Still, there is the issue of the student and his claims on WFAN. TB is pretty sure there are similar students at Princeton who would say the same thing, that Princeton does nothing to market to its students.

Clearly, though, football at Princeton or in the Ivy League is not a cash cow. There is great competition from movies, birthday parties, youth sports and other activities, not to mention the fact that there are a million games on TV each week.

The image many fans nationally have a college football is of sold-out stadiums with 60,000 or 70,000 or more fans packed in, but the reality is that there are many schools like Princeton and Hofstra that have programs that have been around for decades that play to much smaller fan bases.

The big question is whether or not Princeton or another Ivy League school would ever drop the sport. On the one hand, TigerBlog says no, because football is so tied in with history and tradition, annual giving, general alumni support and other important institutional functions. Football was the foundation of the Ivy League, and it's as cemented on the eight campuses as anything else, it would appear.

New economic realities, though, have had a huge impact already and may continue to do so. It's hard to say what direction anything in higher education is going to go in, especially athletics.

Still, TigerBlog can't imagine Princeton and the Ivy League without football.

As for Hofstra, it's a tough situation for the coaches and players, and TB wishes them all well. Why not? Hofstra no longer has a team, so TigerBlog can let his 19-year-old grudge go.


Anonymous said...

Two things:
1.) I just graduated from Princeton and was heavily involved with the Band for all 4 years, meaning I went to nearly every home basketball, hockey, and lacrosse game, as well as 37 of 40 home & away football games during my time. From my vantage point, I think the Athletics Department does a great job marketing to townies and other non-students, but not so well to undergraduates.

This year I noticed a great step forward with new e-mails that get sent out weekly to, what I presume is, the entire student body. I always thought that the A.D. should get the marketing student-assistants to post event schedules on light-posts and bulletin boards around campus every week, because that's honestly how most students hear about things even today (apart from word-of-mouth). It would be inexpensive and might result in high yield, so it might be worth a shot.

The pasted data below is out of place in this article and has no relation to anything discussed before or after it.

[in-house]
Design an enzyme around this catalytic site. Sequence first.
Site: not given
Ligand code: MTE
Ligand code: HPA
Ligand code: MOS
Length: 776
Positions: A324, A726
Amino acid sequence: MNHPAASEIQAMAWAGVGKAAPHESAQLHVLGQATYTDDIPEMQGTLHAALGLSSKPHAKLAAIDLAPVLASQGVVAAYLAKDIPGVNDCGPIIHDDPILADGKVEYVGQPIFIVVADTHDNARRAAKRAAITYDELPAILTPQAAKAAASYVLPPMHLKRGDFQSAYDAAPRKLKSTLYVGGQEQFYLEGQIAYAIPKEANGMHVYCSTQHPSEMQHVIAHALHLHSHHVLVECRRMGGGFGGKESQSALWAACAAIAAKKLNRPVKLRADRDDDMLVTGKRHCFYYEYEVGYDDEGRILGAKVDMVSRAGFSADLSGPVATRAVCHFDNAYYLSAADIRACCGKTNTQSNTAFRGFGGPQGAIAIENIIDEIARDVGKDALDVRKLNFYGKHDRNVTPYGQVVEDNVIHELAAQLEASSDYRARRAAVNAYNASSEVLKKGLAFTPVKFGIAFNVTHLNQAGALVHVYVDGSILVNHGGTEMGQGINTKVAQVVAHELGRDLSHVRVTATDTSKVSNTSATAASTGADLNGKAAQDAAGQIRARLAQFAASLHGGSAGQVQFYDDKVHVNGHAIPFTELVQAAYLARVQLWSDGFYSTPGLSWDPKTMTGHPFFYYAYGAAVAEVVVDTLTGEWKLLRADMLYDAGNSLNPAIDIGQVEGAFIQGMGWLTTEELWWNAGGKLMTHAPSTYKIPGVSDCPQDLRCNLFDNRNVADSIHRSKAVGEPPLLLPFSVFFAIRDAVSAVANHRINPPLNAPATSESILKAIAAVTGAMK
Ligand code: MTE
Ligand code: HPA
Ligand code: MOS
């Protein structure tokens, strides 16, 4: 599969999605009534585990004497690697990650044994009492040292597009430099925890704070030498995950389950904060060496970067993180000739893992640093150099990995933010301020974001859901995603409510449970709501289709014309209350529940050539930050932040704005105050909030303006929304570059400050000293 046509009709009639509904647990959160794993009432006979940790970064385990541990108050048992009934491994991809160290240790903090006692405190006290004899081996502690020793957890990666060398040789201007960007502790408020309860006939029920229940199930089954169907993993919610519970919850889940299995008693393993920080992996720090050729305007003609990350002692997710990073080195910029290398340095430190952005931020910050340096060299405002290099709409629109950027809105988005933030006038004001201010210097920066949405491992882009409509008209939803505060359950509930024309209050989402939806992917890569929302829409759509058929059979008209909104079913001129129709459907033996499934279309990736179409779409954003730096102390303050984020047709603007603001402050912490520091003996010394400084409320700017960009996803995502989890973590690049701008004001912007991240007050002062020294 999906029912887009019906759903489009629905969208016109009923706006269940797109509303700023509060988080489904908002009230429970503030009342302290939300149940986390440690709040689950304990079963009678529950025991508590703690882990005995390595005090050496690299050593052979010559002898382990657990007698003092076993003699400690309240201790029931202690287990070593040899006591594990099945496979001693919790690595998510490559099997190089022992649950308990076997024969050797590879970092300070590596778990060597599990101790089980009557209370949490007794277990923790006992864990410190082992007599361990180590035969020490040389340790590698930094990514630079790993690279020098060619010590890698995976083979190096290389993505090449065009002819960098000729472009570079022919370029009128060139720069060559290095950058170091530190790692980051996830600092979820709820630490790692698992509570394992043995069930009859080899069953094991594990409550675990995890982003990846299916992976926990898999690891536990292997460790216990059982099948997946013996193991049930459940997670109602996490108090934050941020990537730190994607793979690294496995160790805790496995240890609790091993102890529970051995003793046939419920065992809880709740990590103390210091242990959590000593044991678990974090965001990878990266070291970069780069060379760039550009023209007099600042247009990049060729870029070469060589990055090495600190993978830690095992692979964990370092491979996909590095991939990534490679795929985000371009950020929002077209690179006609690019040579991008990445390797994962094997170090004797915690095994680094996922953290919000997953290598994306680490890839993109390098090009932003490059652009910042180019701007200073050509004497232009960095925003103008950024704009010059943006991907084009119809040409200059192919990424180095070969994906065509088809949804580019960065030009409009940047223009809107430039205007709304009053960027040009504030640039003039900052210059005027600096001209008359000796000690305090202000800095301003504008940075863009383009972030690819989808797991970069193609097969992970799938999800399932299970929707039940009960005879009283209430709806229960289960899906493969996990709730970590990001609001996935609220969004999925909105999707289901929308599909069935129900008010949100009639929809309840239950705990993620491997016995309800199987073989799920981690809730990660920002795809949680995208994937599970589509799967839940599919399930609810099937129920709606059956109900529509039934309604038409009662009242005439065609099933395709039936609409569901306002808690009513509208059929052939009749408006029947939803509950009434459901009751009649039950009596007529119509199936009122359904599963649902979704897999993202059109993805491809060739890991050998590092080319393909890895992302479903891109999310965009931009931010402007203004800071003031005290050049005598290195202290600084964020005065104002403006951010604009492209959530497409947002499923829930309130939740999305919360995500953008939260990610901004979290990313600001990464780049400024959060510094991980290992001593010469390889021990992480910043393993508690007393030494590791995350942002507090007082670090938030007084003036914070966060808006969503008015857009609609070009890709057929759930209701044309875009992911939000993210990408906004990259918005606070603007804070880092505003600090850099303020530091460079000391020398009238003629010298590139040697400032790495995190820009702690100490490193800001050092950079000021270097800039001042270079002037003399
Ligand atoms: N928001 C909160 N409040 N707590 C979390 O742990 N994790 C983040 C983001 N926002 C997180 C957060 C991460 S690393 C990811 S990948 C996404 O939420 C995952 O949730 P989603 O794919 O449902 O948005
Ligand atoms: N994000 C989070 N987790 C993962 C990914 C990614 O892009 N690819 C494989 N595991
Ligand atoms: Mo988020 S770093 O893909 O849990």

2.) I've heard and read rumors around the internet that Div I-AA aka FCS might get dropped in the next decade or two because of decreased interest and declining ticket sales. If enough schools (like Northeastern and Hofstra) start to drop football or drop to DII, I imagine this would actually happen. What would the League do then? Thirty years after being forced out of Div I-A by the NCAA, maybe two of the League's members still teeter on the border of qualifying for FBS status (based on mean attendance of 15,000), while some others sit at the bottom of FBS play. Would the NCAA force the League down yet another level? Would the League quit affiliating with the NCAA in football and just continue self-scheduled play on its own, for tradition's sake? Without participation in the FCS tournament, that's practically what they do now anyway. It's just something that has come to mind for me recently, and this post seemed like a good opportunity to bring the issues up.

Anonymous said...

Princeton football is clearly the most expensive sport in the Athletic Department, with the largest squad, most coaches on payroll, most expensive equipment, and a facility that is essentially used five times a year. And the largest budget expenditure.

In addition, football receives approximately thirty admissions slots per year.

While I doubt I will ever live to see the day that Princeton seriously considers dropping football, any reasonable management consultant would immediately suggest such a cost saving move.

By the way, if Princeton's attendance for five games averaged 8000, that means the overall attendance all season was 40,000-- or roughly the woefully underutilized capacity of the stadium. Hmmm?